Asian institutional investors completed 288% more asset manager searches via investment consultancy Mercer last year than in 2012, resulting in an increase in total value to $3.5 billion from $2 billion.
The rise – to 66 from 17 – comes after the number of searches in Asia declined 70% and total value declined 66% in 2012 year-on-year, finds the firm’s annual Global Manager Search Trends Report.
Globally, 760 searches were conducted last year, compared with 776 in 2012, with investors seeking to allocate away from traditional equity and fixed income mandates, Mercer says. Total assets placed rose to $60.6 billion last year from $53 billion in 2012.
Search activity increased in Asia, Europe and the UK, but declined in Australasia and North America, though both the latter saw a rise in the value of assets placed.
Globally, fixed income saw an increase in non-benchmark-related searches, the report says, with clients seeking absolute return, unconstrained bond and multi-asset credit fund managers.
But that trend was less apparent in Asia because some of that appetite for fixed income is going to emerging market strategies, says Garry Hawker, Mercer’s director of strategic research for growth markets.
The bulk of demand in Asia was for global mandates, including equities – which saw the greatest number of searches – and fixed income.
“There are some subtle aspects to that,” says Singapore-based Hawker. “We’ve seen emerging markets [EM] come and go, but we haven’t seen any client outflow over the past 12 months in those areas. However, the inflow of new [global] mandates has slowed.”
Clients in the region probably already have some EM exposure in their home markets, he adds.
Globally, demand for multi-asset strategies increased by a third year-on-year, though most of the searches were in the UK and US.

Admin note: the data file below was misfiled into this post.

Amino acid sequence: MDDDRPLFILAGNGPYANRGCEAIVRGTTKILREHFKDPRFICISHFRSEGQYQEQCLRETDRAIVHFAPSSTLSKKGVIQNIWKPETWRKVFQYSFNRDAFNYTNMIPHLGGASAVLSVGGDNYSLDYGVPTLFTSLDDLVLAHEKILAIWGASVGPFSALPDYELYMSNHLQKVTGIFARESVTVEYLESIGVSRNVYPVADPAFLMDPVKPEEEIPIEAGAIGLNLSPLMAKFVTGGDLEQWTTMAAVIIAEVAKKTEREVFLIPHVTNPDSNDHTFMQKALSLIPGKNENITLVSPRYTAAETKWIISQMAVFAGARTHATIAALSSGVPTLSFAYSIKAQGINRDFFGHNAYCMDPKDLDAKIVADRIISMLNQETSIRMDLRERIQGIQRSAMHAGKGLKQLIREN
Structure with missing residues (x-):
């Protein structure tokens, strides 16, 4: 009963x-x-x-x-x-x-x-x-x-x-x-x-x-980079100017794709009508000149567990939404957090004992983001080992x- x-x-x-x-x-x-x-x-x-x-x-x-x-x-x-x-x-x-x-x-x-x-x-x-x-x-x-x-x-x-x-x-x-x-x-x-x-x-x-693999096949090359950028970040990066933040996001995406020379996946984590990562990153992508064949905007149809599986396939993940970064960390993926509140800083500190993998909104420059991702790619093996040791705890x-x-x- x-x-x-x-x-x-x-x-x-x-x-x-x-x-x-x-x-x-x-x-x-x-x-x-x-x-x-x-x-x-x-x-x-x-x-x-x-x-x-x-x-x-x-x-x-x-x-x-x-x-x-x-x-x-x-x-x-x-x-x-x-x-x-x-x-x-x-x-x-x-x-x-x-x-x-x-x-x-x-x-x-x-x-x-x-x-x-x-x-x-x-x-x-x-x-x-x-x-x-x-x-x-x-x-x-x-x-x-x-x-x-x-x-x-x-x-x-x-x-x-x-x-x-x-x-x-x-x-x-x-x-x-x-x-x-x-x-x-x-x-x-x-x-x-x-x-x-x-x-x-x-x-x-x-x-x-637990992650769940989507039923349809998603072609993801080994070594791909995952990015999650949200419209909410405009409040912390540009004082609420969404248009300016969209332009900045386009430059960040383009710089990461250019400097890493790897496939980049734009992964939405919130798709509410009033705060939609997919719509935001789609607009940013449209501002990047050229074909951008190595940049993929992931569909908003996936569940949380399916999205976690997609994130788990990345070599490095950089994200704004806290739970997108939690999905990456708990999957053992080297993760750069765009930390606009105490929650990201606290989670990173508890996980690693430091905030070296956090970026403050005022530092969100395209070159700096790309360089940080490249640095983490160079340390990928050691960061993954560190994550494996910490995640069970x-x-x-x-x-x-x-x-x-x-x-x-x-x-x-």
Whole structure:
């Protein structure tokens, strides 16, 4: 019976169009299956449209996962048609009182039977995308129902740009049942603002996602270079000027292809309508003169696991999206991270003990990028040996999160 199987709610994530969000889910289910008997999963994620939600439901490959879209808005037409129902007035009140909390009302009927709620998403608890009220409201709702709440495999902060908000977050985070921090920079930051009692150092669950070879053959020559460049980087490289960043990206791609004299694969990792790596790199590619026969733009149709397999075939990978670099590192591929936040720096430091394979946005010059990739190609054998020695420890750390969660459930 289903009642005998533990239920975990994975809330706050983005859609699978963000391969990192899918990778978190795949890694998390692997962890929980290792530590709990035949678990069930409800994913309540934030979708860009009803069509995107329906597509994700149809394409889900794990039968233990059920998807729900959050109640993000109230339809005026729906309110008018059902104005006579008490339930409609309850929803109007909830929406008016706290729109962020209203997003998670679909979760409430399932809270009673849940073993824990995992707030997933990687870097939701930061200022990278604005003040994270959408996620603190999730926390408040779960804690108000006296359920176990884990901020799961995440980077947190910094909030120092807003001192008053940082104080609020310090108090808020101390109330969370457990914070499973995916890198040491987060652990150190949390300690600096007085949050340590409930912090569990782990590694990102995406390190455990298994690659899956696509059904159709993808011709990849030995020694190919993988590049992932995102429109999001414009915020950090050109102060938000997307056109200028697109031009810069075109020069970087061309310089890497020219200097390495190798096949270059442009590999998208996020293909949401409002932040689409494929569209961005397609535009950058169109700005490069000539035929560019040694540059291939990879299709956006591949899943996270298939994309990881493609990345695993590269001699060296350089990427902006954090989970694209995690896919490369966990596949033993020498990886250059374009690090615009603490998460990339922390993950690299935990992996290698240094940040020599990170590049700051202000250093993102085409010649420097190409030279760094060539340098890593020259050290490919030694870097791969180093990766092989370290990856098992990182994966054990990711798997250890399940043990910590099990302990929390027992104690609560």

Multi-asset strategies attracted some interest in Asia, though it was relatively limited, says Hawker.
“There are some pockets [of demand for international multi-asset ] ,” he says, “but I wouldn’t say it was strong demand. This is where the difficulty is in terms of the size of Asia compared to the rest of the world. Any small number can become disproportionate. “
Search activity in Asia was driven by Japan. Growth there was attributed partly to the effects of fiscal stimulus, monetary easing and structural reforms under the government’s Abenomics programme.
Hong Kong also saw strong search growth. “Clients were looking at what their strategies were in 2012 and 2013 and getting on and making some of the changes," says Hawker.
"We saw a pickup in the passive equity space [in Hong Kong]," he notes. “We saw a lot more activity in the space, with some of our clients looking to replace underperforming active managers with passive managers.”
Meanwhile, clients in China and Taiwan continued to broaden their overseas portfolios, says Hawker, while those in Southeast Asia took stock after 2012 and repositioned with new exposures rather than replacements.